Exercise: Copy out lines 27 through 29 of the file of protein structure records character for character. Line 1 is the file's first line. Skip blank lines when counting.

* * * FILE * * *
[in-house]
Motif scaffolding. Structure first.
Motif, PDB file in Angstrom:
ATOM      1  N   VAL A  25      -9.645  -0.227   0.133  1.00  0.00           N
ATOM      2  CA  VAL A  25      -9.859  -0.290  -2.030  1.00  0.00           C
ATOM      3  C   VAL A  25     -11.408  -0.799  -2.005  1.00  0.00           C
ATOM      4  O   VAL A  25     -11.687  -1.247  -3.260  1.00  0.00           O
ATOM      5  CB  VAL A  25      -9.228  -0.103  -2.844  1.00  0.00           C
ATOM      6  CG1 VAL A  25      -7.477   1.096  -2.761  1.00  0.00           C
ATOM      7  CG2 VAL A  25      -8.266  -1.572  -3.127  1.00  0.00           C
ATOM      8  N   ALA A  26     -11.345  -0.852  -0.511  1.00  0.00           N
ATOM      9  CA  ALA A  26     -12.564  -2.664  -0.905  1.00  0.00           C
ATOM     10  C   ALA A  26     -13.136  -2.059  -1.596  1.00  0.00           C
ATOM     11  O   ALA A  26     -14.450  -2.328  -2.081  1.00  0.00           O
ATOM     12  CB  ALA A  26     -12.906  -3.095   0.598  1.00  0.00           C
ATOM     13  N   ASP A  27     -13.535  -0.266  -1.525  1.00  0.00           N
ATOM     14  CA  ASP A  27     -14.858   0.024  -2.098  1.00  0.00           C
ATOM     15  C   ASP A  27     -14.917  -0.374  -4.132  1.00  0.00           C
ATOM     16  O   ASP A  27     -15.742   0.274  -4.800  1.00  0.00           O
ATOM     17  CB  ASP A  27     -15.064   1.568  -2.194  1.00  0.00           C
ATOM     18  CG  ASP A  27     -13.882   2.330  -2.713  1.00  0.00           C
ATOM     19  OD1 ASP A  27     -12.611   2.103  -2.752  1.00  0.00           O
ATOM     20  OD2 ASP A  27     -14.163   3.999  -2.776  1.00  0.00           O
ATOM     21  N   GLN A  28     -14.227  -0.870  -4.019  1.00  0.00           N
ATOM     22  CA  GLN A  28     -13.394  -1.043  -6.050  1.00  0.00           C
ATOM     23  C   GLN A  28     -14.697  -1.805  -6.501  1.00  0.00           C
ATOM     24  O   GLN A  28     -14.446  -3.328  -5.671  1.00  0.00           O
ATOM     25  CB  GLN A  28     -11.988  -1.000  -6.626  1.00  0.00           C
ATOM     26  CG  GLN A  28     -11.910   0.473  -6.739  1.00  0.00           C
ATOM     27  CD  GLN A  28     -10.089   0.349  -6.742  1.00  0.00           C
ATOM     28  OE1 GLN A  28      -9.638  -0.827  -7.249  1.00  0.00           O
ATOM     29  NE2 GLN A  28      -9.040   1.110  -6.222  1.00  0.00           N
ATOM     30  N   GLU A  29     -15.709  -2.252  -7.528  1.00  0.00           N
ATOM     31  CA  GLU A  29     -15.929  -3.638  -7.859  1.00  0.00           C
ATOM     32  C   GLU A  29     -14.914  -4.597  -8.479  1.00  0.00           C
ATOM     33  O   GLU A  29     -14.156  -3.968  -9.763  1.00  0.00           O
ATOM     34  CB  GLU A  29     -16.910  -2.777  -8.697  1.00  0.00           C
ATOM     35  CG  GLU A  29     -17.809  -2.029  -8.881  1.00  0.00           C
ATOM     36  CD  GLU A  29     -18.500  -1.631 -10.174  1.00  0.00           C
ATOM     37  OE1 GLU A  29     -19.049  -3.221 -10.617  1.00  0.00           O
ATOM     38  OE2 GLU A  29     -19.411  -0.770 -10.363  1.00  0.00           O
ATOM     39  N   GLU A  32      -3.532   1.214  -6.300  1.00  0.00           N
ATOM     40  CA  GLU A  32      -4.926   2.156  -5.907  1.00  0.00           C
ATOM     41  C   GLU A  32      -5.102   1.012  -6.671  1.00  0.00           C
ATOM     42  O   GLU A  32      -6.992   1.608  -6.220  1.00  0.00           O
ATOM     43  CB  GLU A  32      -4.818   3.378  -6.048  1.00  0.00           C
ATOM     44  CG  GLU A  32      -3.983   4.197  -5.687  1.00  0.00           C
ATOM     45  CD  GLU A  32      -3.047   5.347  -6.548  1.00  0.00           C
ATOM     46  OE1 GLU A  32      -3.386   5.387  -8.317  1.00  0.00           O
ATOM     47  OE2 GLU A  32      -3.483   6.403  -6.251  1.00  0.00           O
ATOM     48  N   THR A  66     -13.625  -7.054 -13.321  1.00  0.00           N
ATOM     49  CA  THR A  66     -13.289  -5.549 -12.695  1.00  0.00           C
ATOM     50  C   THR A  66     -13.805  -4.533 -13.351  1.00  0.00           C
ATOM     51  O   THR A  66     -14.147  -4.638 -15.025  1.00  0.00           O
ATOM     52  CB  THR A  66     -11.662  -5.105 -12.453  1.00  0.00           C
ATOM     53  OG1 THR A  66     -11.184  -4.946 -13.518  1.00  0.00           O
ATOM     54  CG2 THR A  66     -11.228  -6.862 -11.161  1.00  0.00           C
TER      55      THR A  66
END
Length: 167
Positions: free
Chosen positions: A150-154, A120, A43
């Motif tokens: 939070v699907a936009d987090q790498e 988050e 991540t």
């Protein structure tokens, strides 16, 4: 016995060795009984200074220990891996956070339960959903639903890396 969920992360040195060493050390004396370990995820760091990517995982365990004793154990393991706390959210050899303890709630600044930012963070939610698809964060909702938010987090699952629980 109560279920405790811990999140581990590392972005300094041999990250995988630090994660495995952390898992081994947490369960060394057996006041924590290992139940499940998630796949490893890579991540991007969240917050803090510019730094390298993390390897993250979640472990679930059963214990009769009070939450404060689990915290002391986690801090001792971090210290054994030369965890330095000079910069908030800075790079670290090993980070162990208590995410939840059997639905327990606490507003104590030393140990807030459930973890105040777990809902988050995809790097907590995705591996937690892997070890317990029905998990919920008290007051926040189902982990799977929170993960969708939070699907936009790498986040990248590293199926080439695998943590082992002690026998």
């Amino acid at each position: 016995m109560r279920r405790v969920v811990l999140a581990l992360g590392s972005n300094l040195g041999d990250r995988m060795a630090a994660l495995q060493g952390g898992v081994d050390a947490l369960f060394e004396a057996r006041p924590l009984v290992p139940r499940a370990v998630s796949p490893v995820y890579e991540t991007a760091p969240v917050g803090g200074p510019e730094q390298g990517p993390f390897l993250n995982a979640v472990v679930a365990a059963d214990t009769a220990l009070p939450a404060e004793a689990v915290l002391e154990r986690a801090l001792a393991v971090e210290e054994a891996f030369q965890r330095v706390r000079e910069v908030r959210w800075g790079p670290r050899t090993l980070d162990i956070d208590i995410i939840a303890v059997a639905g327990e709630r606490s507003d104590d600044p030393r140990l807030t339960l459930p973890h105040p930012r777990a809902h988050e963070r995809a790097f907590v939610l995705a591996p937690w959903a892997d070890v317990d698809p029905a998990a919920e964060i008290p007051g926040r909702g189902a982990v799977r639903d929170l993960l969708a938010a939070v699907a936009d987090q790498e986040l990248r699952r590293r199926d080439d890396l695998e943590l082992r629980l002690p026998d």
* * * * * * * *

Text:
ATOM     24  O   GLN A  28     -14.446  -3.328  -5.671  1.00  0.00           O
ATOM     25  CB  GLN A  28     -11.988  -1.000  -6.626  1.00  0.00           C
ATOM     26  CG  GLN A  28     -11.910   0.473  -6.739  1.00  0.00           C